The time has come to drop the label "female bluegrass band" as applied to Della Mae. With their second, self-titled, Rounder Records release, Della Mae is simply one of the most accomplished bluegrass acts on the circuit.
The four Dellas (they are down to a quartet with Mark Schatz standing on bass) have total command of their instruments (vocal and otherwise). They are skilled performers with a growing resume, including emerging IBMA Artist of the Year in 2013 and a Grammy nomination since their first Rounder effort, "This World Oft Can Be."
Now, the band had found the pocket of sweet evocative melodies with tight harmonies and killer instrumental fills. This album solidifies their status in the world of bluegrass.
Yet, with confidence and skill, Della Mae has added new sonic texture. Lead vocalist Celia Woodsmith displays precision coupled with an earthy, husky sound. And, the band enlisted Jacquire King, an established producer who has worked with Nora Jones, The Kings of Leon and Modest Mouse to produce. The result combines the rich and present sound that Della Mae has claimed as its signature, together with a deeply layered approach to the instrumentation that sets this work apart from others.
The Dellas open with a nod to their music scene roots on "Boston Town," but the theme of struggles of the heart and mind are never far from the centerline. "Shambles" stands out in this respect with powerful, swinging vocal phrasing with a healthy dose of Courtney Hartman's jaw dropping guitar picking, followed by Kimber Ludiker's ferocious fiddle licks. Jennie Lynn Gardner's mandolin picking can be overshadowed by the crazy-good Hartman and Ludiker, but she more than holds her own, contributing a strong vocal on "Good Blood." The songwriting is powerful.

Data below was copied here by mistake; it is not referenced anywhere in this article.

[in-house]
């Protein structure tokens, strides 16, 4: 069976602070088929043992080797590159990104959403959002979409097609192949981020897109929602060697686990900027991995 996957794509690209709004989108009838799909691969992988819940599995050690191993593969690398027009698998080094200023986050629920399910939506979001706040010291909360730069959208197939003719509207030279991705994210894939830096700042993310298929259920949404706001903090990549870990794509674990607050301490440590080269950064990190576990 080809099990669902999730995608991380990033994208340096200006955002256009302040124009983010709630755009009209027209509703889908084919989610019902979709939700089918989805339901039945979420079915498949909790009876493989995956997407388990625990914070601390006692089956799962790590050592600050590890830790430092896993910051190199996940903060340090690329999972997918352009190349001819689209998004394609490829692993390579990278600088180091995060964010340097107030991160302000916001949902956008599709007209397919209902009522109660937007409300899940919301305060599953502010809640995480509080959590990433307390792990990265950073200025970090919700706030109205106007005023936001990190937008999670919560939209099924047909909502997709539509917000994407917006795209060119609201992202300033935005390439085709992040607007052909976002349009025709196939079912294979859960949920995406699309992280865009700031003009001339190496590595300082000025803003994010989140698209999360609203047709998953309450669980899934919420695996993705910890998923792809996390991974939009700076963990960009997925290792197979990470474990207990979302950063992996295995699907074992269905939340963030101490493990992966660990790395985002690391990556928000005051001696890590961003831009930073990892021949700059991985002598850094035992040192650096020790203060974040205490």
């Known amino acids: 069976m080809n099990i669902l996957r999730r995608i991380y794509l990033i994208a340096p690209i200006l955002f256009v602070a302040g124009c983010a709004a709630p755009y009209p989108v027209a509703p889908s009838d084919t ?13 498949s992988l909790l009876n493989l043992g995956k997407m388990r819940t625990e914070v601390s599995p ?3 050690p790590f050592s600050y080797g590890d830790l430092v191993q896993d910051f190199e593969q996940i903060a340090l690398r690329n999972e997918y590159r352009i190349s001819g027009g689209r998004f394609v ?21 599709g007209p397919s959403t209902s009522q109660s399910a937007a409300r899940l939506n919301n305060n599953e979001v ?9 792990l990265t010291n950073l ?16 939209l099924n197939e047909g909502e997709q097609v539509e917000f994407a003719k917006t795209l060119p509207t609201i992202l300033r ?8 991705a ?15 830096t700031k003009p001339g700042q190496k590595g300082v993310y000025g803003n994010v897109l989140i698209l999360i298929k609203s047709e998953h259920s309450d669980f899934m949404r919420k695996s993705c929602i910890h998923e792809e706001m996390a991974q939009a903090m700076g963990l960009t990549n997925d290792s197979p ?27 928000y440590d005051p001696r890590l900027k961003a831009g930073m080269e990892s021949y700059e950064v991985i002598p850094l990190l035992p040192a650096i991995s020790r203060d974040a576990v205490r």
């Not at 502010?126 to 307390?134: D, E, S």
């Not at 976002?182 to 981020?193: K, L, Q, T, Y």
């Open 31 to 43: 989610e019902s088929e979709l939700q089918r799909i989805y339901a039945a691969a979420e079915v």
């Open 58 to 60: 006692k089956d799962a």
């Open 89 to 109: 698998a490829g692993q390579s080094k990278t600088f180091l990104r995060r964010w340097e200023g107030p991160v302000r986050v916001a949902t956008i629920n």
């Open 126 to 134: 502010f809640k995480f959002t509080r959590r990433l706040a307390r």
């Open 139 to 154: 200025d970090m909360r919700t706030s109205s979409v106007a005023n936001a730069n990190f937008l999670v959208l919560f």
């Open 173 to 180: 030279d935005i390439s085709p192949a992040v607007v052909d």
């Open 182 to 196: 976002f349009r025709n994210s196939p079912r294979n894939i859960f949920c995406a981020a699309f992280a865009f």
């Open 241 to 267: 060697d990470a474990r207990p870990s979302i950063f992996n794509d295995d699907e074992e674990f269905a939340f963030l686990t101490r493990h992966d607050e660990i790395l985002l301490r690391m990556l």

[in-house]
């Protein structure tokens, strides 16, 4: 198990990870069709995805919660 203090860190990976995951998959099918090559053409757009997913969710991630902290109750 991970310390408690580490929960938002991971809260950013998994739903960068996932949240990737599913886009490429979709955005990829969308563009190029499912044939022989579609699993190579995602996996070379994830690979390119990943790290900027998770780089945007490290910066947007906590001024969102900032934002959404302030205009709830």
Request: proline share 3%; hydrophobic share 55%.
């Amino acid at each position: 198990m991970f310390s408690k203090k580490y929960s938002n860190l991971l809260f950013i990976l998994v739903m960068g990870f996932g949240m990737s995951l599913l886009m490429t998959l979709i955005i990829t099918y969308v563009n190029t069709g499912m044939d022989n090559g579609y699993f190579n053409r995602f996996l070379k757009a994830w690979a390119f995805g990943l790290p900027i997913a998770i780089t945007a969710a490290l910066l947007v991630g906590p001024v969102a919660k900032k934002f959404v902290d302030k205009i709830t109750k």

After an opening display of solid songwriting and musicianship, "Della Mae" takes a mournful, darker turn with "Long Shadow" (featuring Hartman on vocals). This is not kickass bluegrass, but a story of loss and longing, executed beautifully. And then, displaying ever more confidence, "Della Mae" seals the deal with CD centerpiece "No Expectations." The cut features a Dobro-like line, which is haunting and executed with brilliance between Hartman's guitar and musical saw by Bonnie Paine of Elephant Revival guesting. The tune's familiarity (first recorded by the Rolling Stones, and well-known to Yonder Mountain concertgoers) is transformed by Woodsmith. She builds it and owns it.
In all "Della Mae" earns your attention and you will return to it for many years to come.